clock menu more-arrow no yes mobile

Filed under:

Google and Facebook are booming. Is the rest of the digital ad business sinking?


Heavy Rain Sweeps Britain For A Second Day Christopher Furlong / Getty Images
Peter Kafka covers media and technology, and their intersection, at Vox. Many of his stories can be found in his Kafka on Media newsletter, and he also hosts the Recode Media podcast.

It’s finally happening: Advertisers have started moving big chunks of their budgets from traditional media to the internet, and digital advertising is booming.

At Google and Facebook, that is. Everyone else in digital is shrinking.

That’s the conclusion you can draw from numbers crunched by Jason Kint, who runs Digital Content Next, a trade group representing digital publishers and content companies.*

Kint compared numbers from the Interactive Advertising Bureau, a trade group that represents digital advertisers, along with publicly reported numbers from Google and Facebook. He concluded that those two companies accounted for all of the growth in U.S. digital advertising in the first half of this year.

Kint estimates that Google, which saw its ad revenue grow 22 percent in the first half of the year, accounted for 60 percent of the ad market’s year-over-year growth, while Facebook, which grew 67 percent, accounted for 43 percent of the growth.

That’s a total growth of 103 percent, if you’re keeping score. Which means that the rest of the industry collectively shrank.

This is the kind of stat — like the one that estimates that Google and Facebook account for 85 percent of every new dollar spent on digital — that cheers Google and Facebook investors and terrifies many other people.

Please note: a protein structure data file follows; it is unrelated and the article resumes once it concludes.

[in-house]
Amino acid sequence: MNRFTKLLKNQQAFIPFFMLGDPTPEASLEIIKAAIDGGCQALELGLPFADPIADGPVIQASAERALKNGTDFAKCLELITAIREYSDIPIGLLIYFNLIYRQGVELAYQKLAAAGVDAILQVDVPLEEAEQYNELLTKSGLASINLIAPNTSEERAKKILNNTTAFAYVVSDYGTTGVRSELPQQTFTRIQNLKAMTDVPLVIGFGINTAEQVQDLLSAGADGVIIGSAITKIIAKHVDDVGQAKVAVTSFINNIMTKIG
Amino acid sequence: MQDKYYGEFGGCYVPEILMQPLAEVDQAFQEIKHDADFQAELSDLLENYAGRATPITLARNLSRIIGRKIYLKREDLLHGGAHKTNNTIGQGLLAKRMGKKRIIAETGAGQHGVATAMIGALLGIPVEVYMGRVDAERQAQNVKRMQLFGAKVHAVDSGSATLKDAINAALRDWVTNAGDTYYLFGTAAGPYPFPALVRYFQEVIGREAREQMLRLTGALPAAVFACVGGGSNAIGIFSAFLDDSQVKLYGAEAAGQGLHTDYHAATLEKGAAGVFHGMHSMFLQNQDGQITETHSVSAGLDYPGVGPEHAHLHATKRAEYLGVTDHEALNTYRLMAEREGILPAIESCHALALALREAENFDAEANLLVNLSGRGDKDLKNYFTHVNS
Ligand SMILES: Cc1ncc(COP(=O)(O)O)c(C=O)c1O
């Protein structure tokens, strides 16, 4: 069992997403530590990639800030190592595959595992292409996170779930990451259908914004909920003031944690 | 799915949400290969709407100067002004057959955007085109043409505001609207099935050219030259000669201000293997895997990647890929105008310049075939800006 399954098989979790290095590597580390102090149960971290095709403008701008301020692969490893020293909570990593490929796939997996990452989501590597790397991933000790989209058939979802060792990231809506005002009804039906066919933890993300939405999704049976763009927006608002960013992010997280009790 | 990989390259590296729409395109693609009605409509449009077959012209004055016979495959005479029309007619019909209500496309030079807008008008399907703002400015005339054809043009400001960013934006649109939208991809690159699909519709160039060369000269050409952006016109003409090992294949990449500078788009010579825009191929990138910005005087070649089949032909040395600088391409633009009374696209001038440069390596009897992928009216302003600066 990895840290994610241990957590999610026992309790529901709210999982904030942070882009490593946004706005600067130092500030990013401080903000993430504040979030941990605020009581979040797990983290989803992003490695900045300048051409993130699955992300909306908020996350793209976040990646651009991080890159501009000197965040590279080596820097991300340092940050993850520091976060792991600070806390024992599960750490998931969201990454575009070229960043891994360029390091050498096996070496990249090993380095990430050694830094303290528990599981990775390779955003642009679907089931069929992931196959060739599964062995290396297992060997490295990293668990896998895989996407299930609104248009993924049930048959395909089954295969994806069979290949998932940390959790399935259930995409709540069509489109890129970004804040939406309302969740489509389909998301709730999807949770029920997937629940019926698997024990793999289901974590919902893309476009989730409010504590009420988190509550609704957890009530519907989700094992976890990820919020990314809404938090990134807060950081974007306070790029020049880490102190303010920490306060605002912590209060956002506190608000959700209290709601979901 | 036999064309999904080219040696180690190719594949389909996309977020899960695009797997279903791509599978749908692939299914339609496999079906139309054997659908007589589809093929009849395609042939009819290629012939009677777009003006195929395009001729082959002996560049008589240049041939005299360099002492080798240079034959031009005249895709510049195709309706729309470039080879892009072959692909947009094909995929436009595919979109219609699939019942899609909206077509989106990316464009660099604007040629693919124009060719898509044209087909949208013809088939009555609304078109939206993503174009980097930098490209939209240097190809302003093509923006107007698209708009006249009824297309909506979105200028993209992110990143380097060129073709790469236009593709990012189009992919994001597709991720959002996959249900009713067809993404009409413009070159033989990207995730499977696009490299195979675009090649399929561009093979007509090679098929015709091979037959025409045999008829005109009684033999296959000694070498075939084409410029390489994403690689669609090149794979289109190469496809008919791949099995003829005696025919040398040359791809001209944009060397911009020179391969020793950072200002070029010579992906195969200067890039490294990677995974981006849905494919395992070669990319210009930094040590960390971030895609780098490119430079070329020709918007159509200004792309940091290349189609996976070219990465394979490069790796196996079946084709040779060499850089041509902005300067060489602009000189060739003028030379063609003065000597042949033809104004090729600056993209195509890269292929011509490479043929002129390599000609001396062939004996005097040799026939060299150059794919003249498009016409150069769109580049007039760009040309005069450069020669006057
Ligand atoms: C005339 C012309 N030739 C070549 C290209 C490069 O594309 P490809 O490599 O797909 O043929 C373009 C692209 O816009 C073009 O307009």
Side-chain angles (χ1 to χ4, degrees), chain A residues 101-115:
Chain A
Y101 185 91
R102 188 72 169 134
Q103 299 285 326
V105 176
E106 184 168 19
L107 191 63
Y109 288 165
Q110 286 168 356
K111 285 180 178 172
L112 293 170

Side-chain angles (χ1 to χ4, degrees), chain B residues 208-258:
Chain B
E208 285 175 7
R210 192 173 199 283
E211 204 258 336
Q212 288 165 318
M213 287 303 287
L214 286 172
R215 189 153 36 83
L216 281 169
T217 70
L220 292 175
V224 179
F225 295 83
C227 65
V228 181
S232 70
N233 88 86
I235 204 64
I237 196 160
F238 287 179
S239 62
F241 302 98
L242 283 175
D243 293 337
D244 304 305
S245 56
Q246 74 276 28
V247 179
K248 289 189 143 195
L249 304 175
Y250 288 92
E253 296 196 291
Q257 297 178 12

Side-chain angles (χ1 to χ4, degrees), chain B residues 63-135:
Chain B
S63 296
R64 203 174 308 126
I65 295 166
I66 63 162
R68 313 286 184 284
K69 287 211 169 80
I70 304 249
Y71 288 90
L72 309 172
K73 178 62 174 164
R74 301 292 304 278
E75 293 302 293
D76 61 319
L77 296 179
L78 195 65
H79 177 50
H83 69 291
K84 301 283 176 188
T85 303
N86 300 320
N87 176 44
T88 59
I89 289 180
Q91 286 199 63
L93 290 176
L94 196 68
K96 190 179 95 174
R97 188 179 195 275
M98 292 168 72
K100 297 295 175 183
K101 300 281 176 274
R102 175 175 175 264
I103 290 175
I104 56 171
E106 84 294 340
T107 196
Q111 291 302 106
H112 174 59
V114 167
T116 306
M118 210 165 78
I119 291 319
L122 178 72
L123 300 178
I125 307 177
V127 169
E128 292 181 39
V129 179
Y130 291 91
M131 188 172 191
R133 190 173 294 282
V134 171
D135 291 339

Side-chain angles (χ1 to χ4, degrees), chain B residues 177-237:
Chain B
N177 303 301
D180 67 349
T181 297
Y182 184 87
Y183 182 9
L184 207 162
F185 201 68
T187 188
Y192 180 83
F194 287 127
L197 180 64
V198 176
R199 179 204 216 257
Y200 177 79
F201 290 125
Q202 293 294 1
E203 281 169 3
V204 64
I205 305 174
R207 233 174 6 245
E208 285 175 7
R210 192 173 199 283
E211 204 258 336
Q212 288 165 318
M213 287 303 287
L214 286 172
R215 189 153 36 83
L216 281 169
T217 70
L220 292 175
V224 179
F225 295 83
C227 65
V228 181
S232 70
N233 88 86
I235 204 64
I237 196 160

Is it true? Could be!


  • Kint isn’t arguing that every other company in the digital advertising ecosystem is shrinking — just that collectively, they are.
  • There are three different data sources here: Google’s publicly reported numbers, Facebook’s publicly reported numbers and the IAB’s numbers, which are assembled, via survey, by PricewaterhouseCoopers. Which means this isn’t apples to apples. Probably more of an apples/pears comparison. Kint, for example, has to guesstimate how much Google is making in the U.S. versus the rest of the world, since the company doesn’t break that number out specifically.
  • David Silverman, who worked on the study for PWC, won’t comment on specific companies in his survey or Kint’s math. But he argues that simply comparing publicly reported numbers with the work his group did won’t get you an accurate comparison.

On the other hand:

  • Brian Wieser, an analyst at Pivotal Research, performed the same exercise as Kint this week and reached a similar conclusion: Google + Facebook = all the growth, with everyone else shrinking a collective 5 percent.

Again, the way you view this kind of data will depend on your perspective. If you own shares of Facebook, which reports its Q3 numbers today, you’re very happy — you own one of the two dominant digital distribution platforms, and your position looks increasingly strong.

If you’re someone who competes with Google and Facebook for ad dollars, then you are ... worried.

And if you’re someone who runs a giant content company, who wants to sell that company to a giant telco, you might use this kind of data to argue that it’s healthy for someone really big to take on Google and Facebook for internet ad dollars. And that regulators should let your deal pass, so you can try to take on the big guys yourself.

Which is what Time Warner CEO Jeff Bewkes said today.

* Vox Media, which owns this site, is a member of Digital Content Next.

This article originally appeared on

Sign up for the newsletter Today, Explained

Understand the world with a daily explainer plus the most compelling stories of the day.